How to Save Money on Your Small Business Necessities

Save Money on Your Small Business

As my readers know, the mission of Money Buffalo is to help you all spend money in a cost-effective way so that you can save money for the important things in life. This can include cutting out unnecessary expenses through anything from 4 bad money habits to getting a college degree for $10,000. Today, I want to apply these dime-stretching concepts to small business owners.

If you are a small business owner, you likely already know that it’s essential that you are spending every dollar wisely. Seemingly small expenditures add up and could be the difference between the business staying afloat or being forced to turn off the lights. Below, we will discuss some helpful ways on how to save money on your small business necessities.

My wife and I are both self-employed and had to rethink the way we view money when I left corporate a few years ago.

Run Your Business Out of Your Home

Running a business out of your home is one of the easiest and most cost-effective methods of running a business, especially in the beginning. If you are an online business, it makes no sense at all to waste money on office space until the business has grown.

For instance, my “office” is a guest bedroom with a work desk in it. 

While an office space may make you feel official or give you a place to focus on work, it is an inadvisable move when money is tight. Microsoft, Amazon, and Google were all famously started from a garage, so there is no shame in it. Your goal in the now should be to focus on building your business in a smart and effective manner. Worry about being official or looking legit later.

Working from Home

Video Conference

Instead of spending time and money flying or driving, have a video conference instead. One cool app is Screencast-O-Matic. You can record and edit videos which can also make this an easy option for on-demand streaming for clients that are several others away. Sound cool to you?

Taking Care of Your Equipment Matters

Almost every small business these days has an online presence, which means that you are working on a PC or laptop. These computers are the most essential tool you will be using on a daily basis. Every craftsman knows that you have to treat your tools respectfully. So, whether you have a new or old computer, it is essential that you monitor your computer performance to maximize efficiency at work.

At a minimum get a “mid-grade” computer in the $400-$500 range. You get extra memory and speed that means you don’t have to replace your computer as soon.

Go Green

As my readers know, I care deeply about being environmentally friendly. Going green is not only smart from a public relations standpoint, but it also makes a lot of sense financially. Do your best to conserve power, print on both sides, reduce paper waste and reduce your energy output. If you are working from home, this is doubly important since cutting down on your energy use will also reduce your energy bill.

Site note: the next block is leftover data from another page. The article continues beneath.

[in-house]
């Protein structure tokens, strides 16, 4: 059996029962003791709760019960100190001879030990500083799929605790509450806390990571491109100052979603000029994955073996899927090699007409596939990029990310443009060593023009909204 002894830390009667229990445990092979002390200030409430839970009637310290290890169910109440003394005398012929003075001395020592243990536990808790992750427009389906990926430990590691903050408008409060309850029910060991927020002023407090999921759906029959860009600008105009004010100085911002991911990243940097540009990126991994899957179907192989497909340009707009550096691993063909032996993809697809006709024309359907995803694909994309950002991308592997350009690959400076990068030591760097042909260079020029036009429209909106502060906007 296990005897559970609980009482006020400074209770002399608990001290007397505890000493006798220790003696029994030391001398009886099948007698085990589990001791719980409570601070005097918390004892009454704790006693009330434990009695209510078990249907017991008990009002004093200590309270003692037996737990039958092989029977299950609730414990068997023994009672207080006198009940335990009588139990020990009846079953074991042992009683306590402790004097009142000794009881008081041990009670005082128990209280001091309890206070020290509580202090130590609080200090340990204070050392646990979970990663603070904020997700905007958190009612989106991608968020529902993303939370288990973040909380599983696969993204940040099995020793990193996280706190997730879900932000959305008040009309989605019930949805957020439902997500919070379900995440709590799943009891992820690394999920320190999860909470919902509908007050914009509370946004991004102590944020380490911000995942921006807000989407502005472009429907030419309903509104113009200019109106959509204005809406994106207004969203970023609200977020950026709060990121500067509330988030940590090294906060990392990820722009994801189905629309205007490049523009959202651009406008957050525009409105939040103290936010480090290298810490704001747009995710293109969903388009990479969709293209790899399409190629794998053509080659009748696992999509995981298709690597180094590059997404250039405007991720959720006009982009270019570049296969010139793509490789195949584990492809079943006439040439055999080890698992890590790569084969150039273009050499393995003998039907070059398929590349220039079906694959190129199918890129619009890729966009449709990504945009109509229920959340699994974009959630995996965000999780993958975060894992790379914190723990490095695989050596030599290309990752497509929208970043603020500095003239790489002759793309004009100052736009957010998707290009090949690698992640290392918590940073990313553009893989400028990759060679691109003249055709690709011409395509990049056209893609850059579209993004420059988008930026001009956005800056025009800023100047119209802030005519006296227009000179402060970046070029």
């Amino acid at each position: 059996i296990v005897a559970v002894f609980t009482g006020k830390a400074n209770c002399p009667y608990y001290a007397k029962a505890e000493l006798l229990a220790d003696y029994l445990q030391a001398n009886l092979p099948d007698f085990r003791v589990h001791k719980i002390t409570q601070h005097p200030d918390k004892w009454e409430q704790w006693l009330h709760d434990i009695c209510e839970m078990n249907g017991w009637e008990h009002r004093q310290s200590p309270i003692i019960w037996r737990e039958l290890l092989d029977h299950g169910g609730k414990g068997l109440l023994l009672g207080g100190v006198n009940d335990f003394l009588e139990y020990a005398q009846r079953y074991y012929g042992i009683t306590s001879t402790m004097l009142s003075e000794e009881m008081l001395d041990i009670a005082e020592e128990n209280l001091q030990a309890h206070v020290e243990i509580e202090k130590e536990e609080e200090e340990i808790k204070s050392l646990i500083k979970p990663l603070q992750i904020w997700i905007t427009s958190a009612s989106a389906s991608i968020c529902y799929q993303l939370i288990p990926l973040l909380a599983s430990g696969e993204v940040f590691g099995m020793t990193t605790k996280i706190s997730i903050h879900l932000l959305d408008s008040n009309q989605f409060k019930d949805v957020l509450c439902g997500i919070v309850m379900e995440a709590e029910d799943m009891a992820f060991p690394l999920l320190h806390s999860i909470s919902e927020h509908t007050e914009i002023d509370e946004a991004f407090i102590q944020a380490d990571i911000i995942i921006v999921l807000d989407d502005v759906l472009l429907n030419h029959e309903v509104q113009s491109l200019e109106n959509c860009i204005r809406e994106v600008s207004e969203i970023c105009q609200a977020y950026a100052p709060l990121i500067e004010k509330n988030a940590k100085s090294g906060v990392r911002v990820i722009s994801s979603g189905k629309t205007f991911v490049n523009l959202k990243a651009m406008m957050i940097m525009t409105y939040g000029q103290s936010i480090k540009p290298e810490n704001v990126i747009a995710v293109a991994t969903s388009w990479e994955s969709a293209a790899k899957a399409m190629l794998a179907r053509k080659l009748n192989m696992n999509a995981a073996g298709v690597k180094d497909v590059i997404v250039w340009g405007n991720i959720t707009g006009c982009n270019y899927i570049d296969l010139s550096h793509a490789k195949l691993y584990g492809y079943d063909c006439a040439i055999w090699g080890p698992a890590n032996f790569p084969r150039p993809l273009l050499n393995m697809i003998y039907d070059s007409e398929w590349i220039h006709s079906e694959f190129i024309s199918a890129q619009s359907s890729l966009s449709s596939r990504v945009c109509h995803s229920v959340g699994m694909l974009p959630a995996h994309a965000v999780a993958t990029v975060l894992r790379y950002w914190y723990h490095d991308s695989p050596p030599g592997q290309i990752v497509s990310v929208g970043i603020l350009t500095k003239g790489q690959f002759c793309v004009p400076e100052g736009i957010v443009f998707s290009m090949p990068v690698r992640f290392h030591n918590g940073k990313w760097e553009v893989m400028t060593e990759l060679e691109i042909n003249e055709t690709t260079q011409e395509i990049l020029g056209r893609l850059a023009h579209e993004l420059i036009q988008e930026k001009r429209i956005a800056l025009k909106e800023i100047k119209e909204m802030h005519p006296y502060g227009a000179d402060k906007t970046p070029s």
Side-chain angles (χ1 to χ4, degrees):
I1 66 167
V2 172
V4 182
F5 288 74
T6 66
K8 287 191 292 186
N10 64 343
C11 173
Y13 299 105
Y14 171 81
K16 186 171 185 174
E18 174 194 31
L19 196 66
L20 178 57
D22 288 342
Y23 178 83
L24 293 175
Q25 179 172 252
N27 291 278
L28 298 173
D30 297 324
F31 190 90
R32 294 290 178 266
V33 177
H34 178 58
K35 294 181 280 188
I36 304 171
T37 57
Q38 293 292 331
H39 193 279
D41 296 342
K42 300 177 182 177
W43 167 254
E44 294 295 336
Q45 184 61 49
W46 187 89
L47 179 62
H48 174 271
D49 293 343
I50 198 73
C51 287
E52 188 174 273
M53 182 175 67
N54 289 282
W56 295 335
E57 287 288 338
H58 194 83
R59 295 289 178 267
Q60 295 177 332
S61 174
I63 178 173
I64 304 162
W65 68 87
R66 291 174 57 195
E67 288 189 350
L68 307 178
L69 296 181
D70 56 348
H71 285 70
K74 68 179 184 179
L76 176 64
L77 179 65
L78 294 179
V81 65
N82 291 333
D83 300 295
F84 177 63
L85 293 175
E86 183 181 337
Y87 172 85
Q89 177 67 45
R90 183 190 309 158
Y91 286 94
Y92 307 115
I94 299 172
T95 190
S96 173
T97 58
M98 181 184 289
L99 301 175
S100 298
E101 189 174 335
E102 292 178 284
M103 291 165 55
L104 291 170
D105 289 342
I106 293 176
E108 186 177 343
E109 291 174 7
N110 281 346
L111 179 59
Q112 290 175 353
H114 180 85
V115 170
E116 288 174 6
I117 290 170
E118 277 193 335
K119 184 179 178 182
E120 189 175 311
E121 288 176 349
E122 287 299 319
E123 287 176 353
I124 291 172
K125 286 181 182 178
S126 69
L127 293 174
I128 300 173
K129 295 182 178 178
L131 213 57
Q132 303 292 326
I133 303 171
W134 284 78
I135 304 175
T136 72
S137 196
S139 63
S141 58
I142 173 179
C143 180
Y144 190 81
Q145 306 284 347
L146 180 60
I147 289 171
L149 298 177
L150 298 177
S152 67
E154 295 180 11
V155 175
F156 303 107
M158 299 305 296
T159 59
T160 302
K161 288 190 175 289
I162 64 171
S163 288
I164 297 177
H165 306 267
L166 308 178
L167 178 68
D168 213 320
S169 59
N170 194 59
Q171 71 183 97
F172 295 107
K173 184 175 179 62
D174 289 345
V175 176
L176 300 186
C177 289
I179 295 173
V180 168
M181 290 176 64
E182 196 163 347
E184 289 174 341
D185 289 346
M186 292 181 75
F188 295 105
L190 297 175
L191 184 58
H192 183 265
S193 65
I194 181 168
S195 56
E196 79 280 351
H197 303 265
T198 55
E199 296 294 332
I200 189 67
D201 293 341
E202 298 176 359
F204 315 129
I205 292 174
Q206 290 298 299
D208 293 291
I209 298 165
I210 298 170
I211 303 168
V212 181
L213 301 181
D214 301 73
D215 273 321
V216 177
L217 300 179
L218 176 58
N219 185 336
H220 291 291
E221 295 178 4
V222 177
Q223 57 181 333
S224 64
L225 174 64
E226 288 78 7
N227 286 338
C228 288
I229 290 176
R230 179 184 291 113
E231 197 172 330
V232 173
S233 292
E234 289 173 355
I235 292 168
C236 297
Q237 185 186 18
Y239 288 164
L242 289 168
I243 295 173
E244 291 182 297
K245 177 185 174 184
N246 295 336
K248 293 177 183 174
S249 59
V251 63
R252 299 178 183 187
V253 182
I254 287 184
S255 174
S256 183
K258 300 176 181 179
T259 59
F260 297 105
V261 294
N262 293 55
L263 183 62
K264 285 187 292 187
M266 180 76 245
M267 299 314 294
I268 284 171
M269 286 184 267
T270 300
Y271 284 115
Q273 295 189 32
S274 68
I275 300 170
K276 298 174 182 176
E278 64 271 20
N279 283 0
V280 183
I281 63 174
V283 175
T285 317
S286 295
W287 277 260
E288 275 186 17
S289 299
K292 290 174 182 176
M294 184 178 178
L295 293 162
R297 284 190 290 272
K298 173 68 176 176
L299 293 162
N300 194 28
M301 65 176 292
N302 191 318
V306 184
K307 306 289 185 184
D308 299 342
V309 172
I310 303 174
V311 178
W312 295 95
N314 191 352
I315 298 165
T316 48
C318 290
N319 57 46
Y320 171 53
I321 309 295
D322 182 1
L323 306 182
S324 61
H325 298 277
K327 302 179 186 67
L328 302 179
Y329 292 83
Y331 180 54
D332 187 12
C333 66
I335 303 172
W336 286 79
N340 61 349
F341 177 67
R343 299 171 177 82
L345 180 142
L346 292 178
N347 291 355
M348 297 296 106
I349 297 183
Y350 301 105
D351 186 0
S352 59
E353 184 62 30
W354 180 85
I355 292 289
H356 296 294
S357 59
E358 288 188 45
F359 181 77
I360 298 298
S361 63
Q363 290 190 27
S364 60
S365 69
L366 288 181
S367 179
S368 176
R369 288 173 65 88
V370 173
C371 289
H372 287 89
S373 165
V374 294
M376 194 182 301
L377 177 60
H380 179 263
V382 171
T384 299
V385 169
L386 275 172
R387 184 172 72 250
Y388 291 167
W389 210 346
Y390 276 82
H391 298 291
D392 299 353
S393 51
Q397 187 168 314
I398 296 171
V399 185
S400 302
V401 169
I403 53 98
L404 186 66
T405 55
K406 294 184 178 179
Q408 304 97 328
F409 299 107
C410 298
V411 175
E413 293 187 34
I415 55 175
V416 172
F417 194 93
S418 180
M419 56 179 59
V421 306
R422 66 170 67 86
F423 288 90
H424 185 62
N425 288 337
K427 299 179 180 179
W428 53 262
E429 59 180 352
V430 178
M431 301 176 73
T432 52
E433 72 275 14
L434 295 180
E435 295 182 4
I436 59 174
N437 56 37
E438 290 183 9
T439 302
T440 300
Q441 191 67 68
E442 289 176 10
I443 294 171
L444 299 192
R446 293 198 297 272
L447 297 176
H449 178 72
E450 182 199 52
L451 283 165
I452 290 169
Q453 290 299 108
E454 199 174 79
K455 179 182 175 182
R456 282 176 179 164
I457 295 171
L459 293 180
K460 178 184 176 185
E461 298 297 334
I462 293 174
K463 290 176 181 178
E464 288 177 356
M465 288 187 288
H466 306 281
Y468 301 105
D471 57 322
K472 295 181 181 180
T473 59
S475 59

Barter with Other Small Businesses

If you are a growing business, a fantastic way to save money is to barter your services in exchange for other goods and services. Other small companies are in the same position as you; they want to avoid spending money wherever possible. If your business needs something specific, reach out to these companies and bring up a barter as a possibility for payment of services rendered. The worst thing they can say is no.

In a nutshell, time can be just as valuable as money.

Buy Used Equipment or Older Models

A mistake many small businesses make is that they invest a ton of capital in brand new equipment. Like an office, it may feel good to have the best and the newest gadgets, but it is not essential. When you are starting up a business, you have to cut costs by focusing only on the essentials.   

Query local businesses that are more established to see if they have any interest in selling their older models or have plans to upgrade in the near future. If they agree, bring a knowledgeable person with you to check out the equipment and make sure that it is in working condition. It might even be worth it to conduct an IT audit to see exactly what you’ll need, as this may be a much lower price than what you want.  

If you are a small business, every dollar you save matters. By being thrifty and spend conscious, you set yourself up for success in the future. Even when you eventually hit your stride and are no longer forced to take cost saving as seriously, having such a mindset will help you manage your business and its expenditures wisely.

My wife and I look at Craigslist and eBay to find items we need. You’ll be surprised how much money you can save if you don’t wait until the last minute to look.

 

About the Author

Josh
I'm a personal freelance writer.

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